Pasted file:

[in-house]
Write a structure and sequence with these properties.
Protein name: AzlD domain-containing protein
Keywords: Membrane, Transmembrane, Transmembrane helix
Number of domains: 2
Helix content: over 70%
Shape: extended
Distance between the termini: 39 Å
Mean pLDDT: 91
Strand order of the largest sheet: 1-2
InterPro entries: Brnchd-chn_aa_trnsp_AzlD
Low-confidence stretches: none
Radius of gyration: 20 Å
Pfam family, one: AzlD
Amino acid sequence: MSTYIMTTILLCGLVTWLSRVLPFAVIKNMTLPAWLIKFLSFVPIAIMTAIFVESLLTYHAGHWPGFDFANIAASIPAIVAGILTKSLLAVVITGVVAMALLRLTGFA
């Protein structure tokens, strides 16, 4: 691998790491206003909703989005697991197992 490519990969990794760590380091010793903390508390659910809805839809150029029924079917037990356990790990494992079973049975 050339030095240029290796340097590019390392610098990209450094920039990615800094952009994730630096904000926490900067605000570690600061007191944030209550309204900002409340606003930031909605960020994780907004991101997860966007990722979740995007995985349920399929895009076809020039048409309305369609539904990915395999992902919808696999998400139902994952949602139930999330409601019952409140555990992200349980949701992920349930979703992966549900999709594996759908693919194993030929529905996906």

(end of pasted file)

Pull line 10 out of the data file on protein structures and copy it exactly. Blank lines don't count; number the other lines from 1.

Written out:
Strand order of the largest sheet: 1-2